Selling the Presidential Product

With the most expensive Presidential race in history underway and second quarter fundraising numbers being reported, the Washington Post writes up a seminar on fundraising tactics to offer a peek at the blueprint for victory in a race that is, when it comes down to it, largely about the money.

Peaking into a fundraising seminar, the article offers this tidy summary of the money machine that drives campaigns, enriching fundraising consultants and commodifying candidates' beliefs:

A few weeks back, two dozen party operatives from various state and federal campaigns joined veterans of Emily's List for several days of seminars. Their lessons offer a window into the part of the political process that the general public probably shouldn't see: the blueprint for members of Congress who devote hours of every week to party-run call centers that look like Wall Street boiler rooms.


On the first morning of the Emily's List classes, longtime Democratic consultants explained that fundraising is not about arm-twisting. It's more about cloaking a cold financial transaction in the idealism and vision of an uplifting cause.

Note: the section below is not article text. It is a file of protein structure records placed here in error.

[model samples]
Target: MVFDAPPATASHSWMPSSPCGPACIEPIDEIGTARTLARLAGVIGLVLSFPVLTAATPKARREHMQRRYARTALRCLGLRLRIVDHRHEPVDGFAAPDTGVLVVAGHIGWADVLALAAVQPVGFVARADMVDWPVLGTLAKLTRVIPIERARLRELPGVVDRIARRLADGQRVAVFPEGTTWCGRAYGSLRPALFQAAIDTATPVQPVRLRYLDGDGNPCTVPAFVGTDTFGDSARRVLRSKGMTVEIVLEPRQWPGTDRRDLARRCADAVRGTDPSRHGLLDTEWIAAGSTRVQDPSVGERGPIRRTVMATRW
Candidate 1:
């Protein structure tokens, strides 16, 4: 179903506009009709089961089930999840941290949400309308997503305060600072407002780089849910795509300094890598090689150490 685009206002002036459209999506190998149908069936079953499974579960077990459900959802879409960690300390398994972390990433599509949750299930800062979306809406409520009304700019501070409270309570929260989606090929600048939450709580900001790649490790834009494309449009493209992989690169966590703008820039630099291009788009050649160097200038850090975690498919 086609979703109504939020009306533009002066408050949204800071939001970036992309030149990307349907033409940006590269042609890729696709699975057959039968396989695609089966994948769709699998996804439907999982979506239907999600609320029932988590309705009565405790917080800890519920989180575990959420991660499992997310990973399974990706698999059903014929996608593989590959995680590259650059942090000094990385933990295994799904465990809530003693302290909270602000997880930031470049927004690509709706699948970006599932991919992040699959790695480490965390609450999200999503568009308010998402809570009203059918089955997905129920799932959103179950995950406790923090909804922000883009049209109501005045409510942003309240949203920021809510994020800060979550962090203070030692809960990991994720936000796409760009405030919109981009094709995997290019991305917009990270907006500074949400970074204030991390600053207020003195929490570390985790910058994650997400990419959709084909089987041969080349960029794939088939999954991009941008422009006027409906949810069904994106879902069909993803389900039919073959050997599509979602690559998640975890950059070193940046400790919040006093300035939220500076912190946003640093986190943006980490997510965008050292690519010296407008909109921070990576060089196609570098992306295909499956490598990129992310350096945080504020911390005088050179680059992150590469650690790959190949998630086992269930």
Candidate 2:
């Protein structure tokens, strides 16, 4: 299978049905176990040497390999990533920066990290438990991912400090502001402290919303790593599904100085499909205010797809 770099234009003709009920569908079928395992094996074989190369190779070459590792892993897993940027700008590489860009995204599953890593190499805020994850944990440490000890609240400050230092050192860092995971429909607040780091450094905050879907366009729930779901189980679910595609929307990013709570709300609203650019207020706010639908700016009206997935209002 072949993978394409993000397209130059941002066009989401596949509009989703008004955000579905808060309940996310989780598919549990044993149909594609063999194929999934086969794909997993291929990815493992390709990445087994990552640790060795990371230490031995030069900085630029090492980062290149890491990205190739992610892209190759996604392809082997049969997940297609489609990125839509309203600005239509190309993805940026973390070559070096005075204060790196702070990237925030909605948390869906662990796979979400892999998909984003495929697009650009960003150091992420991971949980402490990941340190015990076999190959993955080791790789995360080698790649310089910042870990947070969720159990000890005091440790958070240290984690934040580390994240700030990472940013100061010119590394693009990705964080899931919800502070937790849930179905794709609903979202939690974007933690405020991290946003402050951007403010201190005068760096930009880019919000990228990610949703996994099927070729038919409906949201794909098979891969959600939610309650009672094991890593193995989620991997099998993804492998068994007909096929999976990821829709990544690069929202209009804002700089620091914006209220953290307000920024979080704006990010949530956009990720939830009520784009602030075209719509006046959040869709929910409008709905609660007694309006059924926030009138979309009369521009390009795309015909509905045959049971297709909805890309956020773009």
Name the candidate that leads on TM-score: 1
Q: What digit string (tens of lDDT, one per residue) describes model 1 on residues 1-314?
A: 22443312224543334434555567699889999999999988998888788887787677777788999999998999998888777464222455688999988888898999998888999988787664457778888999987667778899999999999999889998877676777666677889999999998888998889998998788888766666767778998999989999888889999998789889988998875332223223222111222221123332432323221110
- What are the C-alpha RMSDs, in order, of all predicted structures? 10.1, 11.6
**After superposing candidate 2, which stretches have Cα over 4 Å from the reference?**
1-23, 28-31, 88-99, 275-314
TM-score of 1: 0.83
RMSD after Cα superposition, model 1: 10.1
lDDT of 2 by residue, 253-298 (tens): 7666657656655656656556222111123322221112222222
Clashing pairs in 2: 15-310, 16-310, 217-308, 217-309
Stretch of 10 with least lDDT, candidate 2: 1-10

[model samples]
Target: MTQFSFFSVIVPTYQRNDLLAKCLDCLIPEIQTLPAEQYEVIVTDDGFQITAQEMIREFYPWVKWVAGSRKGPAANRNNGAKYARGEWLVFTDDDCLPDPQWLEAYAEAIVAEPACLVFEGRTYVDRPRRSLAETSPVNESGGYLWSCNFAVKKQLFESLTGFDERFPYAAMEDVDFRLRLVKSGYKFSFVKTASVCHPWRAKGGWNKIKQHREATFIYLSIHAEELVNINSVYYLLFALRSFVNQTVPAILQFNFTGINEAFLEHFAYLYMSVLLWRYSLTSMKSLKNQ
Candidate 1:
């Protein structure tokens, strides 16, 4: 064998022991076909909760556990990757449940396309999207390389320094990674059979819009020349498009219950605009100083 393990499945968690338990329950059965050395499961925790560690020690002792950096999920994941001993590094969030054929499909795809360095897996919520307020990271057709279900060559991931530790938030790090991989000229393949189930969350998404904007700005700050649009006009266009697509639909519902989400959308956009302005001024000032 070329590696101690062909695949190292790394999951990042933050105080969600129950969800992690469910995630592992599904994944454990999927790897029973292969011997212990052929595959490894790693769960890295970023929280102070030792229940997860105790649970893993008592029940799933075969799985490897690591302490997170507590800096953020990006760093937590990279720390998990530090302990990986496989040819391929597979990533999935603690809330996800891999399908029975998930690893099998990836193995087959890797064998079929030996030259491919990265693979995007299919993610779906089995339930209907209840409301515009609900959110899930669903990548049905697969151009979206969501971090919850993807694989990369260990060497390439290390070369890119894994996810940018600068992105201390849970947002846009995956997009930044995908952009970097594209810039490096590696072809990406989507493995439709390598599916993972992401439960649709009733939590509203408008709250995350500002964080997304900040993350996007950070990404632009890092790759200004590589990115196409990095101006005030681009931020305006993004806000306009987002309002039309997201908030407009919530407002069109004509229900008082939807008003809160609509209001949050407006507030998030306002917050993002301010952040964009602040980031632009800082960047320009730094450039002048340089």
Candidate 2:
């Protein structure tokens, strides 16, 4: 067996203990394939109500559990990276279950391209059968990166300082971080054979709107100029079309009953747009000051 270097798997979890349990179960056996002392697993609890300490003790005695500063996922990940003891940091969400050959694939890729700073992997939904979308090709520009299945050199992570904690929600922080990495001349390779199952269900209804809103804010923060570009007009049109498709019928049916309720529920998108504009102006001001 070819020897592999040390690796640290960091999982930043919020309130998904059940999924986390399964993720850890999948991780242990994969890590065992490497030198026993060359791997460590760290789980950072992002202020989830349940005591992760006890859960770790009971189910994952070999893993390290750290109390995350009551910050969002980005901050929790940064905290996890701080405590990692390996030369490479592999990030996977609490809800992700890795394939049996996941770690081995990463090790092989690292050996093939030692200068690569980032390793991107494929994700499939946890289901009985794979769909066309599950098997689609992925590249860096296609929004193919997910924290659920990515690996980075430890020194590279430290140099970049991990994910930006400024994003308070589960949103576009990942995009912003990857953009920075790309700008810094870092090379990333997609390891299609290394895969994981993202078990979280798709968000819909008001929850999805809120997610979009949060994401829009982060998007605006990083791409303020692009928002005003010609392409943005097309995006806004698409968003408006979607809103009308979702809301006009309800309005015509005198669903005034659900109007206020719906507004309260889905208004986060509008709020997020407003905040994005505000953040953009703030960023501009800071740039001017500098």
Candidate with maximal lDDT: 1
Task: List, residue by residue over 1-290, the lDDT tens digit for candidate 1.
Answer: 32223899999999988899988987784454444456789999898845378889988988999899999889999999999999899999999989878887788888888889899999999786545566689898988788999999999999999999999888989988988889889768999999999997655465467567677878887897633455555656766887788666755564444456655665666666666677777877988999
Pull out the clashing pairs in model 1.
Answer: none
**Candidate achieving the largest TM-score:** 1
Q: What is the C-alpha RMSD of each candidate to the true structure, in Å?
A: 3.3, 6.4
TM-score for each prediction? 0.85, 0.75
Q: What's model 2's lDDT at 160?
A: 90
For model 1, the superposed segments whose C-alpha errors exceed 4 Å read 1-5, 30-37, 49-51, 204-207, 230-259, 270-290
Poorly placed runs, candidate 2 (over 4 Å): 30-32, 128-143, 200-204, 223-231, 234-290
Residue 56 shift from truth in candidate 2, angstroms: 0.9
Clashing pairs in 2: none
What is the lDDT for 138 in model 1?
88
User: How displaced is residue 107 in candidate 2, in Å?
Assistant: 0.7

From the dour description of the fundraising training to the concluding shout-out to Alec Baldwin's sleezy Glengarry Glenn Ross character, the author makes clear his aversion to this campaign reality. Indeed something is horribly awry when campaign volunteers -- presumably parting with scarce free time in pursuit of a greater good -- are given lessons in shaking down supporters and their elderly relatives so campaigns can compete in the televsion ad wars. Is this really how we want to elect our next leader?